Construction of the ironworks began in 1736. The furnace had a long life with production continuing until 1867. The site developed over time as the demand for high quality iron grew, with the construction of larger stores. Its small wheel powered by a nearby stream was superseded by the introduction of a huge wheel, turned by water diverted from the River Duddon.
The site’s completeness and historic significance was the impetus for a combined effort from the Lake District National Park Authority and Historic England, to arrest any deterioration and to make it accessible to the public, as sadly safety concerns had forced it to close.
Following a thorough assessment of its condition, jointly funded repairs have now been completed, and the site is now once again ready to reopen to the public and provide a continuing reminder of this important industry in the area. Full access details can be found on the National Park Authority website.
SITES ADDED TO THE REGISTER IN THE NORTH WEST IN 2020 INCLUDE:
NEWLY AT RISK: Moot Hall, Appleby-in-Westmorland, Cumbria
A building of exceptional historical significance, it has stood proudly in the centre of town since 1596 and is one of the few surviving moot halls in England. Its national importance has been recognised through its Grade II* listed status.
Extended over time, the Hall’s two storey range of rubblestone construction, rendered and painted white, alongside its sash windows and stone detailing, is characteristic of Georgian architecture in Cumbria. Surveys have shown that extensive work is needed to address issues with its construction, and enhance its resilience to combat the impact of extreme weather.
It is hoped this work will be the start of a project which will encourage more locals and tourists to visit the Moot Hall and appreciate its history. The development will ideally become a benchmark for the buildings of the town, allowing the Moot Hall to continue in its role at the centre of the life of Appleby, and preserving this loved building for future generations.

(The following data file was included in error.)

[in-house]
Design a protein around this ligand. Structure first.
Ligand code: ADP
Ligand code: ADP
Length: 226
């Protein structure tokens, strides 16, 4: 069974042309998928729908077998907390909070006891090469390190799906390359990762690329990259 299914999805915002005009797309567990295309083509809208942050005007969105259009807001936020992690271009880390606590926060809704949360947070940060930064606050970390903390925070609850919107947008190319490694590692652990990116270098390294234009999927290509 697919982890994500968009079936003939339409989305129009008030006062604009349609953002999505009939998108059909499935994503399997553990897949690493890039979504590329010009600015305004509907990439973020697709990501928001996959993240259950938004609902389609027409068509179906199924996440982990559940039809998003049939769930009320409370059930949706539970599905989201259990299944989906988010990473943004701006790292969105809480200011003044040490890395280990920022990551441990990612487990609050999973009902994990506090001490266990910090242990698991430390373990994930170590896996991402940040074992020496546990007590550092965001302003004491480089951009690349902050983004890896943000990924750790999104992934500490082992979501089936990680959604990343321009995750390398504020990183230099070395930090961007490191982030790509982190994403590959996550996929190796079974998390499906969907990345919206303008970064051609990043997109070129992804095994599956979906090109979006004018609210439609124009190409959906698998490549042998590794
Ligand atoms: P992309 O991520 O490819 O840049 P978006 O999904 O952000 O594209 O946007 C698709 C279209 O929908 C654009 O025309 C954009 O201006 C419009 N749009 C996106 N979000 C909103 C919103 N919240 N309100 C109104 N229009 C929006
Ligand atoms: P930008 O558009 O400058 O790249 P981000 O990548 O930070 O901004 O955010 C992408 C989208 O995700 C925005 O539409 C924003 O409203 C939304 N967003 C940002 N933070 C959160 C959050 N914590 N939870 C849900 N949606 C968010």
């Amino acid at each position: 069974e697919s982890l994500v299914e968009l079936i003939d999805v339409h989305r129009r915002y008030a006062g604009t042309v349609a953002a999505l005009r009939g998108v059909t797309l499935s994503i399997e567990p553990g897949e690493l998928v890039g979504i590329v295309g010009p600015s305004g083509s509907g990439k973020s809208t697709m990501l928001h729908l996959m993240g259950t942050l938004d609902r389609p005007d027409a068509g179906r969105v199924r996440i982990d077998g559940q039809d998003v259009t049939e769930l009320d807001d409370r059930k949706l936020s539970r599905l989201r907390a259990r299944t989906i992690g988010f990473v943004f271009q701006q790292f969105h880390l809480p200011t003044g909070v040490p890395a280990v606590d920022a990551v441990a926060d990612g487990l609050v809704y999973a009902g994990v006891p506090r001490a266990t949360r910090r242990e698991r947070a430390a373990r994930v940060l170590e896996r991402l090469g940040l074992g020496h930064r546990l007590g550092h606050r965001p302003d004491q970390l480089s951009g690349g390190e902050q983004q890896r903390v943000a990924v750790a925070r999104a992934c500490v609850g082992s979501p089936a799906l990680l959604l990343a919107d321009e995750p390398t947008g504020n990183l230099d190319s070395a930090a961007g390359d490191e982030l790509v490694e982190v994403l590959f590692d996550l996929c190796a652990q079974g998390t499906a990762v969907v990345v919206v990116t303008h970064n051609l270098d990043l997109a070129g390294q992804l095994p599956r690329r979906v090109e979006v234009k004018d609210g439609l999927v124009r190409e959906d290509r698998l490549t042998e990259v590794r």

NEWLY AT RISK: St James’s Gardens, Liverpool
Opened in 1829, St James’s Cemetery (now known as St James’s Gardens) is registered at Grade I on the register of parks and gardens because of its beautiful and dramatic design and because it is such an early example of a public cemetery.
Since the 1990s, members of the local community took increasing interest in the site and began to take action to address some of its problems. More recently they have been supported by Liverpool City Council and the Diocese of Liverpool. However, damaging vegetation, poor conservation repairs and weathering are having a detrimental effect.
Historic England will work in partnership with the City Council to identify and record the significance of the site, as well as plan future management and maintenance in a conservation management plan.
SITES WHERE ENCOURAGING PROGRESS HAS BEEN MADE IN THE NORTH WEST THIS YEAR INCLUDE:
PROGRESS: Wythenshawe Hall, Manchester
Wythenshawe Hall stands at the heart of 100 hectares of open parkland in South Manchester. This Grade II* listed site encompasses a stable block, with Courtyard Café, meeting spaces and a statue of Oliver Cromwell.
The timber framed hall, dating from the 16th century, is now fully repaired after years of restoration. The ‘Friends of Wythenshawe Hall’ encourage public engagement, organising regular events.